Magnetic resonance imaging (MRI) studies in early Parkinson's disease (PD) have shown promise in the detection of disease-related brain changes in the white and deep grey matter. We set out to establish whether intrinsic cortical involvement in early PD can be detected with quantitative MRI. We collected a rich, multi-modal dataset, including diffusion MRI, T1 relaxometry and cortical morphometry, in 20 patients with early PD (disease duration, 1.9 ± 0.97 years, Hoehn & Yahr 1-2) and in 19 matched controls. The cortex was reconstructed using FreeSurfer. Data analysis employed linked independent component analysis (ICA), a novel data-driven technique that allows for data fusion and extraction of multi-modal components before further analysis. For comparison, we performed standard uni-modal analysis with a general linear model (GLM). Linked ICA detected multi-modal cortical changes in early PD (p = 0.015). These comprised fractional anisotropy reduction in dorsolateral prefrontal, cingulate and premotor cortex and the superior parietal lobule, mean diffusivity increase in the mesolimbic, somatosensory and superior parietal cortex, sparse diffusivity decrease in lateral parietal and right prefrontal cortex, and sparse changes to the cortex area. In PD, the amount of cortical dysintegrity correlated with diminished cognitive performance. Importantly, uni-modal analysis detected no significant group difference on any imaging modality. We detected microstructural cortical pathology in early PD using a data-driven, multi-modal approach. This pathology is correlated with diminished cognitive performance. Our results indicate that early degenerative processes leave an MRI signature in the cortex of patients with early PD. The cortical imaging findings are behaviourally meaningful and provide a link between cognitive status and microstructural cortical pathology in patients with early PD.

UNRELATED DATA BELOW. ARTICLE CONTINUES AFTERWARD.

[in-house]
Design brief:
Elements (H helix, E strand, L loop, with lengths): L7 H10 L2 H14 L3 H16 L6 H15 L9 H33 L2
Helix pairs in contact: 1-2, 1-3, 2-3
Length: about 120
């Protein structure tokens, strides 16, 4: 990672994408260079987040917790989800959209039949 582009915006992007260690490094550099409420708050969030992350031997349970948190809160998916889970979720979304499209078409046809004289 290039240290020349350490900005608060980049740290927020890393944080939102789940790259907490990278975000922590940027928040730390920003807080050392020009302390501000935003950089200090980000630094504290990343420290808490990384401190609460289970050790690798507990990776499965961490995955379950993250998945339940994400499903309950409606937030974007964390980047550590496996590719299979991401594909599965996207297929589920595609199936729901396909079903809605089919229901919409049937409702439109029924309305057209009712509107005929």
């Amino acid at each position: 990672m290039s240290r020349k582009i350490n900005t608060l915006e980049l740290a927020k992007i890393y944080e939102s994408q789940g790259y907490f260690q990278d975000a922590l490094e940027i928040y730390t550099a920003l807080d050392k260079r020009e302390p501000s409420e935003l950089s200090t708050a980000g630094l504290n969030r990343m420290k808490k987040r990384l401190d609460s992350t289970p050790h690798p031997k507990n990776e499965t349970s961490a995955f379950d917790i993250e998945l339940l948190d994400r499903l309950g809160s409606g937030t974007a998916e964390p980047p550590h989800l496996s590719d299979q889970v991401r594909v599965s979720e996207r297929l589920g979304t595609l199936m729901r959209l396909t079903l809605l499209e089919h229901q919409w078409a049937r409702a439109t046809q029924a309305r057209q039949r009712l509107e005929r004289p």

Parkinson's disease, cerebral cortex, cognitive function, diffusion MRI, independent component analysis (ICA), Aging, Cerebral Cortex, Cognitive Dysfunction, Female, Humans, Male, Middle Aged, Parkinson Disease